LUBBER'S LINE   A mark or permanent line on a compass indicating the direction forward parallel to the keel when properly installed.
MARLINSPIKE   A tool for opening the strands of a rope while splicing.
MIDSHIP   Approximately in the location equally distant from the bow and stern.
MOORING   An arrangement for securing a boat to a mooring buoy or a pier.
NAUTICAL MILE   One minute of latitude; approximately 6076 feet 
NAVIGATION   The art and science of conducting a boat safely from one point to another.
NAVIGATION RULES   The regulations governing the movement of vessels in relation to each other, generally called steering and sailing rules.
OUTBOARD   Toward or beyond the boat's sides. A detachable engine mounted on a boat's stern.
OVERBOARD   Over the side or out of the boat.
PIER   A loading platform extending at an angle from the shore.
PILE   A wood, metal or concrete pole driven into the bottom. Craft may be made fast to a pile; it may be used to support a pier (see PILING) or a float.
PILING   Support, protection for wharves, piers etc.; constructed of piles (see PILE)
PILOTING   Navigation by use of visible references, the depth of the water, etc.
PLANING   A boat is said to be planing when it is essentially moving over the top of the water rather than through the water.
PLANING HULL   A type of hull shaped to glide easily across the water at high speed.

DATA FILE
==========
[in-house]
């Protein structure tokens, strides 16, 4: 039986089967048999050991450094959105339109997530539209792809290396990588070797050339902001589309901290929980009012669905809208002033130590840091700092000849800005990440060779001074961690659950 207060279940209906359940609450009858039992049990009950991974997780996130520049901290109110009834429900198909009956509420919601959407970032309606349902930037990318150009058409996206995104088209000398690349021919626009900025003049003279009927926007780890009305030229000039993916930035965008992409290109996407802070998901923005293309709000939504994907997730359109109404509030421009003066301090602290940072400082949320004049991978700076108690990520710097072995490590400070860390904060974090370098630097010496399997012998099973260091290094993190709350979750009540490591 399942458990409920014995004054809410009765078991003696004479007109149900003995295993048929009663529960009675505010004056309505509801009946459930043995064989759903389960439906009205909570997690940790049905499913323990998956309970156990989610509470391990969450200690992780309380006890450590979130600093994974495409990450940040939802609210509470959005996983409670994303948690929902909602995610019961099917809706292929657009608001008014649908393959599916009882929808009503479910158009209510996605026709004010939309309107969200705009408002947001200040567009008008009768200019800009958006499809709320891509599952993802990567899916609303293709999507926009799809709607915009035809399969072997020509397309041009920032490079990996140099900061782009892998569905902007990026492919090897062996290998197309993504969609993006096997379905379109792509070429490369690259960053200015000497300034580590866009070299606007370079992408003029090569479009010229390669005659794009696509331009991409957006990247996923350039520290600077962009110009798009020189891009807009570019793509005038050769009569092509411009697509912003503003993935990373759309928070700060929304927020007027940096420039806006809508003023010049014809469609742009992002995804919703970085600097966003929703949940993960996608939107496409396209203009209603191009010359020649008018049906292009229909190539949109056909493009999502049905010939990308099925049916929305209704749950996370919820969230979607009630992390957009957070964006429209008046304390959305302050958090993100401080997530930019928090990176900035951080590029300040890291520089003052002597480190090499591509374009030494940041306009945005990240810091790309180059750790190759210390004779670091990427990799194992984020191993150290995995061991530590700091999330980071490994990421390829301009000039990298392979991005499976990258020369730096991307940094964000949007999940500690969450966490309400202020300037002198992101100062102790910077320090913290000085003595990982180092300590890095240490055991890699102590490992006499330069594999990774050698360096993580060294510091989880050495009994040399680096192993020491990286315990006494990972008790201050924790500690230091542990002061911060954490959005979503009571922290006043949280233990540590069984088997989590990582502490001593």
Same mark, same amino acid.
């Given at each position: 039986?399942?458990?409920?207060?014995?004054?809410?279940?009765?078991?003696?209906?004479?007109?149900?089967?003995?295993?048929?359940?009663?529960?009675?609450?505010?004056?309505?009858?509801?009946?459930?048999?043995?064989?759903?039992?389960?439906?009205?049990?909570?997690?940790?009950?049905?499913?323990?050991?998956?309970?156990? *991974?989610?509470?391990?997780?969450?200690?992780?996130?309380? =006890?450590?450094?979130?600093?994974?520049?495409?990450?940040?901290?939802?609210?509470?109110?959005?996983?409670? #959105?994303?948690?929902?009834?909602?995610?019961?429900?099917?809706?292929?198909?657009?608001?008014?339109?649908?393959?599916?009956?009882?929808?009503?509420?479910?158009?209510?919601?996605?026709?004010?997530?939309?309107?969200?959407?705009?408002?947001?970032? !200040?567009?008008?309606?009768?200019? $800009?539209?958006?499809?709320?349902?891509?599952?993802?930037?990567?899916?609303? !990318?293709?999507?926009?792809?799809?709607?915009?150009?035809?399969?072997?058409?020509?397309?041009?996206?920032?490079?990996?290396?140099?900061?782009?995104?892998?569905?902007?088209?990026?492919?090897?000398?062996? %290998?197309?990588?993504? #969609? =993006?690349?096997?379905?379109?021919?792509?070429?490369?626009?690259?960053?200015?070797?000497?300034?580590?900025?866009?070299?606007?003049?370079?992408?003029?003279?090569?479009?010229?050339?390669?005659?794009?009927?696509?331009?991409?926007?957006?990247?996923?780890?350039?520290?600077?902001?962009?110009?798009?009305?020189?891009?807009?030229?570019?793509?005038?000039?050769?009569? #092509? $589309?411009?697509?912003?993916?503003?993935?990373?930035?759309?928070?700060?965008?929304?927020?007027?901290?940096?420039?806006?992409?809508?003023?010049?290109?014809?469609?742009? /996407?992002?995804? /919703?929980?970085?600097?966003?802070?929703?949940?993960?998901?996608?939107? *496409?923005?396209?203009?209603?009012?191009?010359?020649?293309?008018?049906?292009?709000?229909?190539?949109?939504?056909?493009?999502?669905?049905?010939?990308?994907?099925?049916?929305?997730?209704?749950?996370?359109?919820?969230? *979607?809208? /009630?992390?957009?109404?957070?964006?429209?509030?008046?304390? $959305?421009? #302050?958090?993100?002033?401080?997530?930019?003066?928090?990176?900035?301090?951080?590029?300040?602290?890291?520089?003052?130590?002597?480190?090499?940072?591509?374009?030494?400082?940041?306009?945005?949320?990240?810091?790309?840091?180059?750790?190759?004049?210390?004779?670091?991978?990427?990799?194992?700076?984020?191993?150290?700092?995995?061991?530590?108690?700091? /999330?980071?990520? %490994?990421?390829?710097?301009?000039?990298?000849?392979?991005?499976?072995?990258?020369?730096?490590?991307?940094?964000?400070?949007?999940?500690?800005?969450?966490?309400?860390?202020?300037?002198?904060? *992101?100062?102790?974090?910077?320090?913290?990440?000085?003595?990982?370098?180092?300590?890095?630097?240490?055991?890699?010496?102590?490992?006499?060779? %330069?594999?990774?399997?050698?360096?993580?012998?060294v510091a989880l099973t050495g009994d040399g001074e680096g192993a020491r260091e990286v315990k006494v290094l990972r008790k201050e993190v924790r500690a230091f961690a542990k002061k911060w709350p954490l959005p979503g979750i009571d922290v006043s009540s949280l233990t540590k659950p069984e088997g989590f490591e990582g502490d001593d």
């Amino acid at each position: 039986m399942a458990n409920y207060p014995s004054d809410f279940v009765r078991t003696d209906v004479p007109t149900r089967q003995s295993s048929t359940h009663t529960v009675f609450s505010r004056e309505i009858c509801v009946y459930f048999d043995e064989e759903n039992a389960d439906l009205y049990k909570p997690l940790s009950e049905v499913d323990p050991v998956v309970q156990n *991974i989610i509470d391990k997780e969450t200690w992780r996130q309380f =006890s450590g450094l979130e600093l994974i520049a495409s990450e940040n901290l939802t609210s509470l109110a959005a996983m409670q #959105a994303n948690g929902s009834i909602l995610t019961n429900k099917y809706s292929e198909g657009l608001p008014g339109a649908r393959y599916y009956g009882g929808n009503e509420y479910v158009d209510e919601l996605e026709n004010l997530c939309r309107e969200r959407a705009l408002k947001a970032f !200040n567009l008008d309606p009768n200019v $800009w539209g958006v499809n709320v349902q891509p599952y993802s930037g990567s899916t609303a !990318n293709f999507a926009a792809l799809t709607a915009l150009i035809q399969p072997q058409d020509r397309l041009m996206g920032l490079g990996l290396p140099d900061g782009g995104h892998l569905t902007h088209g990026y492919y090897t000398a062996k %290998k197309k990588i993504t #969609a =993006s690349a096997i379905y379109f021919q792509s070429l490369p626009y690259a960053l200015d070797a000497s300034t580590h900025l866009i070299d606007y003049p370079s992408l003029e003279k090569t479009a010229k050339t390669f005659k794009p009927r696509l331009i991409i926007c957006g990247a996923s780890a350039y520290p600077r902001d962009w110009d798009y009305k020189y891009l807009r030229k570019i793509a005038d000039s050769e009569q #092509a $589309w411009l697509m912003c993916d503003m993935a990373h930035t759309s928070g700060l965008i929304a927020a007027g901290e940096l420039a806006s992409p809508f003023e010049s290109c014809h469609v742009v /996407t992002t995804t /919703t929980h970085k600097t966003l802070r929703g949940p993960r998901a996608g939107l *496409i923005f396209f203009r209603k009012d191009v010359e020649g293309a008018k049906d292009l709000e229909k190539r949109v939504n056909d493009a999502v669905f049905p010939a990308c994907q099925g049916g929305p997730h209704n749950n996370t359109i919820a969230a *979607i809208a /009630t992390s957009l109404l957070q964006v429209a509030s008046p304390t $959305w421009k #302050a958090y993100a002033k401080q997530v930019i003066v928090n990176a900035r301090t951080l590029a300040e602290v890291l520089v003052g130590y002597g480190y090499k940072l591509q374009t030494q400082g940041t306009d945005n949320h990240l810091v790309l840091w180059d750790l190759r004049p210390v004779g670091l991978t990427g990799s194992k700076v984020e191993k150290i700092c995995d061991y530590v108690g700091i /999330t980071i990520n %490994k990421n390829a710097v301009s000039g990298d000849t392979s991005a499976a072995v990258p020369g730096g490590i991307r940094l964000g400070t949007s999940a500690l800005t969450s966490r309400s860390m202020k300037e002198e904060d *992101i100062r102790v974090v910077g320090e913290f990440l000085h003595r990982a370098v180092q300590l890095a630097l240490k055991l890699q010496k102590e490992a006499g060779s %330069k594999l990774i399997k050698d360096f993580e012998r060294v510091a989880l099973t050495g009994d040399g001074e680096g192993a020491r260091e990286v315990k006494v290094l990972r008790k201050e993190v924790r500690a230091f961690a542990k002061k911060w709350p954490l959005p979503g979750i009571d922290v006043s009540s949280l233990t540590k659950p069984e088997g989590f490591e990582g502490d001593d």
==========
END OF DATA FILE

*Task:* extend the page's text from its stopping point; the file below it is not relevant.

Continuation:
PORT   The left side of a boat looking forward. A harbor.
PRIVELEGED VESSEL   A vessel which, according to the applicable Navigation Rule, has right
QUARTER   The sides of a boat aft of amidships.
QUARTERING SEA   Sea coming on a boat's quarter.
RODE   The anchor line and/or chain.
ROPE   In general, cordage as it is purchased at the store. When it comes aboard a vessel and is put to use it becomes line.
RUDDER   A vertical plate or board for steering a boat.
RUN   To allow a line to feed freely.
RUNNING LIGHTS   Lights required to be shown on boats underway between sundown and sunup.
SATELLITE NAVIGATION   A form of position finding using radio transmissions from satellites with sophisticated on
SCOPE   Technically, the ratio of length of anchor rode in use to the vertical distance from the bow of the vessel to the bottom of the water. Usually six to seven to one for calm weather and more scope in storm conditions.
SCREW   A boat's propeller.
SCUPPERS   Drain holes on deck, in the toe rail, or in bulwarks or (with drain pipes) in the deck itself.
SEA COCK   A through hull valve, a shut off on a plumbing or drain pipe between the vessel's interior and the sea.